“Congratulations,” my husband glanced up at me and grinned, “You’ve brought new life into the world again.” He fiddled with a final adjustment for a heat lamp suspended over a plastic tote full of wood chips and peeping chicks, then stood up. “Now,” he winced, “When can they go outside?”
This was the year I was determined to hatch out baby chickens. We have six healthy hens (although none of them will sit on eggs) and Eddie, a gorgeous, golden rooster. After six days of collecting and twenty-one days of turning and adjusting heat, humidity, and air flow in the incubator, seven of our fourteen eggs hatched. One never completely made it out of the shell and died. Another one had twisted legs and was much weaker than the others so I dried it off with a soft infant washcloth and dripped a few drops of sugar water into its beak. But after twelve hours of labored breathing under the heat lamp, it died too. The younger kids gave it little kisses before we tucked it into a teacup box with the washcloth and its half-hatched nestling. I took care of the burial.
We are now caring for five adorable yellow fluffballs by checking heat, refilling food and water almost hourly, cleaning bottoms and bedding, and holding them as much as I’ll allow. The cutest of all is our three year old who needs nebulizer treatments each morning. She gets set up with the machine and medicine and chooses a chick to cuddle in her lap for the twenty minute session. We are committed to mothering these things!
My husband reminded the children that God is described as a mother hen. They weren’t sure about that until he got out a Bible and read Jesus’ words in Matthew 23:37 out loud: “Jerusalem, Jerusalem, you who kill the prophets and stone those sent to you, how many times I yearned to gather your children together as a hen gathers her young under her wing, but you are unwilling.” And Psalm 17:8, where King David begs the Lord to “hide me in the shadow of Your wings.” There were many unspiritual giggles. He couldn’t resist continuing with Psalm 136:12, “With a mighty hand and outstretched arm, his love endures forever.” God’s a big arm, kids. More giggles.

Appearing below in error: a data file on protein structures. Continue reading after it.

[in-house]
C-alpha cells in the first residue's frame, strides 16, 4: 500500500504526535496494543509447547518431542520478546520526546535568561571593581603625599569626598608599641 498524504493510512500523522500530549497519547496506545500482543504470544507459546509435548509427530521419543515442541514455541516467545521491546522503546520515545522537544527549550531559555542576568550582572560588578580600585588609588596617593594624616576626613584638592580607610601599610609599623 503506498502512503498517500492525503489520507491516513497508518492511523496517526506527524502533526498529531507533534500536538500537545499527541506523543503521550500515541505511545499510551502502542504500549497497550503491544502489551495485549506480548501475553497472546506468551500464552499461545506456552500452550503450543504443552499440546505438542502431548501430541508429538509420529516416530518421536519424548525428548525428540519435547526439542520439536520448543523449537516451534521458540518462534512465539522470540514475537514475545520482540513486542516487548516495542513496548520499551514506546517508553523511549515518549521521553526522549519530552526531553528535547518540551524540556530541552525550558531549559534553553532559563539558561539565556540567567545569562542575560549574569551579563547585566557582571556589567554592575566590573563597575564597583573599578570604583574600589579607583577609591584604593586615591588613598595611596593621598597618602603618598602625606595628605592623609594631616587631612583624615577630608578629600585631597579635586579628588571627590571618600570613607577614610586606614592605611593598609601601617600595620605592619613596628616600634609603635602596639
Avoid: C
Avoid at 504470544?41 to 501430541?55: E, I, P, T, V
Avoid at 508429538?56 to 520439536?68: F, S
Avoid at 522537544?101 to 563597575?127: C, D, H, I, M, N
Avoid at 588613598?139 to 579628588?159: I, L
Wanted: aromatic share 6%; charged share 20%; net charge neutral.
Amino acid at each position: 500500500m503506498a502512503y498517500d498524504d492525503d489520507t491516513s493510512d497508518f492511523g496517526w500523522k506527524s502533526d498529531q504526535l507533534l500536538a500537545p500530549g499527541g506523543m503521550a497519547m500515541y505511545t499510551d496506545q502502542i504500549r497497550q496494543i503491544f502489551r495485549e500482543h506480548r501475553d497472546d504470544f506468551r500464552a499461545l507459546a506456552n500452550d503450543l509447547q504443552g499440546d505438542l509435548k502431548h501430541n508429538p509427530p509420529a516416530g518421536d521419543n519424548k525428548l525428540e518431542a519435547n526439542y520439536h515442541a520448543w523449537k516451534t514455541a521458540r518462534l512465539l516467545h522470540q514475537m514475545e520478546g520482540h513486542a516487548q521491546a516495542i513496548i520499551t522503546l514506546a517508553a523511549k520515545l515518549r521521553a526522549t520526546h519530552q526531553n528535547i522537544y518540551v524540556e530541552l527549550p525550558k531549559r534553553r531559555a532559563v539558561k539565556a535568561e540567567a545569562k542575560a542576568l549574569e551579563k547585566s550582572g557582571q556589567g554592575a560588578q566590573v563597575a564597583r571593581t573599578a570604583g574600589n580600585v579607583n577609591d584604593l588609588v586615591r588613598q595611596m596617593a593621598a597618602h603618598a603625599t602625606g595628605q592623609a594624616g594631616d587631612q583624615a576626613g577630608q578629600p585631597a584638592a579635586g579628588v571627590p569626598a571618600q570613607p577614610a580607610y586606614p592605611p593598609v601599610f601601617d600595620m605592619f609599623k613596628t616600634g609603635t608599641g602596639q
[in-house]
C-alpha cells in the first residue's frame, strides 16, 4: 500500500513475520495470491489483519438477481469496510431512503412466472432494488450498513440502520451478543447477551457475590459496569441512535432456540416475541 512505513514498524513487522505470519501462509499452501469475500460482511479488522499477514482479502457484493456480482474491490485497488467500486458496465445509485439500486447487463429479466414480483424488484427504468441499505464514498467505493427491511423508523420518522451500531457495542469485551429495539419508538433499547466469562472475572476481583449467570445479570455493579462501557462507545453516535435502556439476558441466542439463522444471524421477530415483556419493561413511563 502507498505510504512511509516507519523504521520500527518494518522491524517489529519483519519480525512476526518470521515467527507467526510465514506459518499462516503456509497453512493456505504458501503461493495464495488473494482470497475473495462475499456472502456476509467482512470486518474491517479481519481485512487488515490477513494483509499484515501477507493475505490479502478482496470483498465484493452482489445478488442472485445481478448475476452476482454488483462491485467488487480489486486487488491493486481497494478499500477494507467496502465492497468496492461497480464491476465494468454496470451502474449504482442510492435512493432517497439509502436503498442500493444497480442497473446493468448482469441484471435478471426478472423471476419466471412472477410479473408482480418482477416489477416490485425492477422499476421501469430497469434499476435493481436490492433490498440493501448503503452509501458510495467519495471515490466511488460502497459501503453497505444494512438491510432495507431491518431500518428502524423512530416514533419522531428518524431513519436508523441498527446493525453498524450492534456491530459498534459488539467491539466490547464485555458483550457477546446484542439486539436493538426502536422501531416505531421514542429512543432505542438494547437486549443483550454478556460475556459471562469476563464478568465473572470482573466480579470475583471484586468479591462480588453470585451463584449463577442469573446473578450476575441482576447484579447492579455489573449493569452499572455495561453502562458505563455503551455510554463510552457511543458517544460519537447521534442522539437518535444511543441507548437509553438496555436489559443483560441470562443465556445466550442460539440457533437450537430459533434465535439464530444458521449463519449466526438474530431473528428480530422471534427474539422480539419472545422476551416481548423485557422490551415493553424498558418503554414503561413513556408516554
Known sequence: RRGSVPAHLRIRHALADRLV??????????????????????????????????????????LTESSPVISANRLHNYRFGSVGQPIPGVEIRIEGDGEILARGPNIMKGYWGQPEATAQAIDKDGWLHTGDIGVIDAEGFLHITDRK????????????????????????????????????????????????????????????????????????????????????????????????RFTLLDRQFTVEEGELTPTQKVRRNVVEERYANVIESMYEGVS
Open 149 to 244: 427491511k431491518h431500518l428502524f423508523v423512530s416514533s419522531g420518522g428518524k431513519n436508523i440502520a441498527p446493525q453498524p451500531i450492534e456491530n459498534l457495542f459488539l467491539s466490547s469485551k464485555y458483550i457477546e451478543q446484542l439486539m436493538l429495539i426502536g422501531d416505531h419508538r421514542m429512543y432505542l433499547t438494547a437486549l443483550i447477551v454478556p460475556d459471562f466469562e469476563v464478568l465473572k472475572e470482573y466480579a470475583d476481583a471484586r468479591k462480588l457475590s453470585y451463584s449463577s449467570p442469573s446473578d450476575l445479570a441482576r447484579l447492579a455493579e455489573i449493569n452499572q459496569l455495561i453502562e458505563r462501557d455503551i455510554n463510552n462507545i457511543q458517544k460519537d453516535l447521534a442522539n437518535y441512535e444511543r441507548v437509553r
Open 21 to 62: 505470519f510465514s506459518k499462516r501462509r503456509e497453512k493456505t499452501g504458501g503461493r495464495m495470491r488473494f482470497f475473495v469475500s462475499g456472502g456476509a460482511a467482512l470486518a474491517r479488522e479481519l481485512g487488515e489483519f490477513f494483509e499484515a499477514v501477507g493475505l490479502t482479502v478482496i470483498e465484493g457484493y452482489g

God is spirit, of course. John 4:24 says it straightforward, “God is a spirit” and He has revealed many of His facets. To name a few:
Creator (Genesis 1:1 “In the beginning God created the heavens and the earth.”)
Righteous (Psalm 11:7 “For the Lord is righteous; He loves justice.”)
Gracious and Compassionate (Psalm 145:8 “The Lord is gracious and compassionate, slow to anger and rich in love.”)
Light (1 John 1:5 “God is light, in Him there is no darkness at all.”)
Holy (1 Peter 1:16 “Be holy because I am holy.”)
Love (1 John 4:8 “God is love.”)
And while God is likened to a mother hen and nursing mother (Isaiah 49:15), He is called Father by Jesus. Not that God is a male human, but that God is the beginner of life; the provider; the parent whose name is ours. We are directed to pray, “Our Father” by Christ. Only in Christianity is there a familial name for the Supreme Being. Jesus actually said, “Abba” in Mark 14:36, meaning “Daddy.” Saint Paul writes in Romans 8:15 that we, as God’s children, should call Him our Daddy as well. This would have been shocking to his Jewish readers and listeners. To call the great I Am, Daddy? The pagans also were probably unsure, much like my children, that a God could be a loving father who weeps with joy over a prodigal’s return.
And many grownups are skeptical from hurt. From Cardinal Donald Wuerl, “Not everyone, of course, has had a positive experience of fatherhood, and the Catechism of the Catholic Church and the popes have acknowledged that this can make prayer difficult. ‘The father’s absence, the problem of a father who is not present in a child’s life,’ said Pope Benedict, ‘is a serious problem of our time.’ Yet we overcome such obstacles by drawing nearer to the perfect Father, who is in heaven.”
What kind of father is God? Let us look to the Scriptures. “See what love the Father has bestowed upon us that we may be called the children of God. (1 John 3:1). We can read and see. We can call God our Father.
Those tiny chicks cannot survive without our care. I imagine they could do without my toddler’s kisses but I keep a close watch on her. We will keep them warm, fed, and safe and bring them to the barn when they are ready. It’s a simple picture of God’s loving care and desire for us to be home with Him.